And then in the crazy modern music, you know, it’s all about rediscovering the greatest operas of the last 100 years which is really amazing because it’s such a big period. I don’t know when we’ll get around to this, but Stravinsky, for instance, beyond the operas of his that most people do -- and they don’t even do them that much -- we’d go beyond The Rake. I’m really nuts about The Flood, which was done as a piece for television, but I think it really belongs on the opera stage. And Luigi Dallapiccola's Prigioniero I think is a very strong piece. And there's also Szymanovski!
But there are more recent composers and pieces: Kaija Saariaho and Alberto Ginastera. For a while I was asking people, “What are the greatest operas of the last 50 years?” and the classic thing they would say would be, “Well what year did Benjamin Britten die?” So if people in the opera world have trouble answering that question, imagine others -- I mean, 50 years is not like 5 years. And of course, there are dozens of wonderful operas from those 50 years, but we have to go find them. Some of them have had many performances, some just one, and some haven’t even ever been performed on stage.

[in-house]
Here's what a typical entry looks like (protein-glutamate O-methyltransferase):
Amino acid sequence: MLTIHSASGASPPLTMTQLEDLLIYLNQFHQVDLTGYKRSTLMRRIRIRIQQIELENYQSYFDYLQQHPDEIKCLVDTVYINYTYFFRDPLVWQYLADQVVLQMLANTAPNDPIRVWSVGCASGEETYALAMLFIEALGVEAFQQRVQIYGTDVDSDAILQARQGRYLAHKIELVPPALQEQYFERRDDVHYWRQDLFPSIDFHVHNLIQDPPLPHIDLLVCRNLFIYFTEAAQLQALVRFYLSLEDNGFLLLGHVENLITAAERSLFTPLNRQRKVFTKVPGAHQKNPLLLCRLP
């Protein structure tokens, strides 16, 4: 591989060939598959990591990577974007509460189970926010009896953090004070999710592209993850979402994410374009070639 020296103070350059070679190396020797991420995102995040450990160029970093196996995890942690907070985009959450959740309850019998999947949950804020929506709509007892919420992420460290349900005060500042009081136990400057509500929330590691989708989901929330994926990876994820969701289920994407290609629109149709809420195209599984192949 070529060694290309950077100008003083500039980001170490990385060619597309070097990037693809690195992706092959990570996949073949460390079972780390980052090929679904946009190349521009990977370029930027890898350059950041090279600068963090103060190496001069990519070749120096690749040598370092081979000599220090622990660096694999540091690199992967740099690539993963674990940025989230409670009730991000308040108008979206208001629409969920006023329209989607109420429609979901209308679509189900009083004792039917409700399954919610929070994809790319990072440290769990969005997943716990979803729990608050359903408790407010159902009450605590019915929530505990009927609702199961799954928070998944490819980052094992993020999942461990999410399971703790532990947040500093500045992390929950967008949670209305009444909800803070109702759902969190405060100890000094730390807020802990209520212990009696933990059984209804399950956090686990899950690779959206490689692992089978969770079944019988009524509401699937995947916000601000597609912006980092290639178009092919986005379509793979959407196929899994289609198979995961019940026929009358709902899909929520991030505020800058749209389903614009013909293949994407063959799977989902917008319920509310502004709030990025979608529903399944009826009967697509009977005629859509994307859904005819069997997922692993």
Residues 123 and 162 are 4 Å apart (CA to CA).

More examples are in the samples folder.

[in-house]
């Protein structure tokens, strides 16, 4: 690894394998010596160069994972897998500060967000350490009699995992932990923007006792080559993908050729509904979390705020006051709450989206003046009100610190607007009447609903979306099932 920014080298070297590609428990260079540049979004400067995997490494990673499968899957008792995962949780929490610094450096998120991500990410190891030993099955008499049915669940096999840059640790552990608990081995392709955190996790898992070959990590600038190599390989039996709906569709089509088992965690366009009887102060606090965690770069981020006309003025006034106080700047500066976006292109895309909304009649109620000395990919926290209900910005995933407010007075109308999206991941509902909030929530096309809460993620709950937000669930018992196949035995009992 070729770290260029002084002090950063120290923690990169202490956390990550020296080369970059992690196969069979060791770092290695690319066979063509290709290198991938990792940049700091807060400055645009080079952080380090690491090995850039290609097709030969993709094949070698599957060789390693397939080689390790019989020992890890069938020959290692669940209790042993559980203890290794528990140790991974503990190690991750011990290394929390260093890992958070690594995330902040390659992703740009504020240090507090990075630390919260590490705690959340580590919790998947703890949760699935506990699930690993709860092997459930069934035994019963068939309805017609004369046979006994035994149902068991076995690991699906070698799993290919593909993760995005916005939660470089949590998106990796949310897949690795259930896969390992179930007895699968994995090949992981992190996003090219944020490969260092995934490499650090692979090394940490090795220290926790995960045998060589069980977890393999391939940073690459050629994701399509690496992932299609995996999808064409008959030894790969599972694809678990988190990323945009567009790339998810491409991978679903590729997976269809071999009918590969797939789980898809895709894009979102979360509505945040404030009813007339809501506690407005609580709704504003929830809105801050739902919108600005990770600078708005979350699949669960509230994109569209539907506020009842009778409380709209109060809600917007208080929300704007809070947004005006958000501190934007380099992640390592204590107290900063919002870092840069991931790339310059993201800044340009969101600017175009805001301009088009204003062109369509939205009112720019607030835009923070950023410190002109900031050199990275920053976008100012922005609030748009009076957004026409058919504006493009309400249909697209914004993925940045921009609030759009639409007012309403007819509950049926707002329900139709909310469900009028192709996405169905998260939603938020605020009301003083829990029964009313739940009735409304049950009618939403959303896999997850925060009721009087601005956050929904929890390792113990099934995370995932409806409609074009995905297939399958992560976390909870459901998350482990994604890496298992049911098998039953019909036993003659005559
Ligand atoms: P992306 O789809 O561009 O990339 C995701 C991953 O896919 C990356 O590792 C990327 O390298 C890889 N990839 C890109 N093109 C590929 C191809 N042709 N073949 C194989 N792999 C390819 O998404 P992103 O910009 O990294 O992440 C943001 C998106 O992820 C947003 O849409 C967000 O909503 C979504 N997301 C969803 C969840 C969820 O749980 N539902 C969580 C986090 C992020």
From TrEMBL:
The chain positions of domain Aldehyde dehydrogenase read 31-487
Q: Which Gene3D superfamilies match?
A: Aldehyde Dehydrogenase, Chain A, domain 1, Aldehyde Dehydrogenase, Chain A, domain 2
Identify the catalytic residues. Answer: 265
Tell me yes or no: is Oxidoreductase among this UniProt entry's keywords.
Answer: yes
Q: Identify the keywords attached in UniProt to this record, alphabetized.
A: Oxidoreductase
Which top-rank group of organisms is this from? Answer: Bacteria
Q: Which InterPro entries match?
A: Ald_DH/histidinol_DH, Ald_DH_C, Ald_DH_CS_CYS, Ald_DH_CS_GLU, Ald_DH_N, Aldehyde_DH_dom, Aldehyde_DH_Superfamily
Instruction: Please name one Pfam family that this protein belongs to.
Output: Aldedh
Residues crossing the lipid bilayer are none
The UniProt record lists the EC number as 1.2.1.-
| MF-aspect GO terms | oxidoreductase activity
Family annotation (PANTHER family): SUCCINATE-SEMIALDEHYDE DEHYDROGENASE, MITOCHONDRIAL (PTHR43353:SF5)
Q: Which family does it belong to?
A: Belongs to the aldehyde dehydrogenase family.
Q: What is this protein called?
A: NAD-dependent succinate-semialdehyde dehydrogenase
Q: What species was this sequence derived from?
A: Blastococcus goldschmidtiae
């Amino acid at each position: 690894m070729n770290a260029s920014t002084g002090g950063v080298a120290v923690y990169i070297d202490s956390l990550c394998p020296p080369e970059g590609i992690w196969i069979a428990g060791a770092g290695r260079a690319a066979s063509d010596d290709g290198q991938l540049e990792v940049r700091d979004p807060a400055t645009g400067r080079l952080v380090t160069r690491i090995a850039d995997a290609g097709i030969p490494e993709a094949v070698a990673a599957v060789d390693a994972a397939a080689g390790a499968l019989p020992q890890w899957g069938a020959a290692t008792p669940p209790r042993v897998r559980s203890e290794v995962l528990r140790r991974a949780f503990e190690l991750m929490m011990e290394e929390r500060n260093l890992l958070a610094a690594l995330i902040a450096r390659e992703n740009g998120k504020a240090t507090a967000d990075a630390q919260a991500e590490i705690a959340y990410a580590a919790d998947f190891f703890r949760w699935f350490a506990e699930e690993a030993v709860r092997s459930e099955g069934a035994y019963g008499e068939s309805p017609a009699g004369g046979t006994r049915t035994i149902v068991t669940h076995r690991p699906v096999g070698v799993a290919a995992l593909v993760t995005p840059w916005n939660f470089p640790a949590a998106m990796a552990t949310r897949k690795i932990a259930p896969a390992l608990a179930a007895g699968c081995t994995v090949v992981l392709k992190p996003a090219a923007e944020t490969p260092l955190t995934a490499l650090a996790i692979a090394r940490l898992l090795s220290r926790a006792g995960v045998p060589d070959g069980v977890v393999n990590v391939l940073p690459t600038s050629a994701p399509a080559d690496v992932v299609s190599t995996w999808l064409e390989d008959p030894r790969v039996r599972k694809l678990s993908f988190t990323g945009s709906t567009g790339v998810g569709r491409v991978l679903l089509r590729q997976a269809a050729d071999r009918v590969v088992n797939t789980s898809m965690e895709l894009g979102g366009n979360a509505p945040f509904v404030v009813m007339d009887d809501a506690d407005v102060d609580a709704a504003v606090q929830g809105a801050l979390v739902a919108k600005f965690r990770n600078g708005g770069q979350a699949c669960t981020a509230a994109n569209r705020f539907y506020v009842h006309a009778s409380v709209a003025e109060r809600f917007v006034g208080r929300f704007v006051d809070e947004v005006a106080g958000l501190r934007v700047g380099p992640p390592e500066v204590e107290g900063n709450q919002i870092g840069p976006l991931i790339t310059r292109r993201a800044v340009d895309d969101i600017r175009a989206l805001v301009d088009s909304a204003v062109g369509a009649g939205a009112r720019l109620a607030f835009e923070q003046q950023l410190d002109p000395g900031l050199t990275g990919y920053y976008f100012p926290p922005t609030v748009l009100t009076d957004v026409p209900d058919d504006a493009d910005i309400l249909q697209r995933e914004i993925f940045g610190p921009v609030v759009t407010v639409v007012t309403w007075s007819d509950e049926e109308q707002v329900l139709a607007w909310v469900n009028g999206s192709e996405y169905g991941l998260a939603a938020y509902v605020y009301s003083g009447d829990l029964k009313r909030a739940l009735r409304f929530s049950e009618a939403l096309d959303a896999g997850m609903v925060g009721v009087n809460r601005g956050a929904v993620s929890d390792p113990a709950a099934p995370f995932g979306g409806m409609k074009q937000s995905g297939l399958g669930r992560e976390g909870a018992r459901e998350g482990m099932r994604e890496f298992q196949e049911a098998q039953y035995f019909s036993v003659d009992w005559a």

And there are some really juicy musical theater works that I think we might tackle in the future. There are so many good ones. But Ginastera, for instance, we opened our Lincoln Center LIFE with Don Rodrigo starring Placido Domingo in his Lincoln Center debut in 1966. And it’s an incredible piece. But it didn’t catch on. Washington Opera has done it, but it hasn’t been seen that much and it’s absolutely wonderful music, and very theatrical.
And I even have a soft spot for Victor Herbert. I’m not sure if I’d actually stage any Victor Herbert, but its legit opera as well as, of course, operetta. And it’s really quite wonderful music.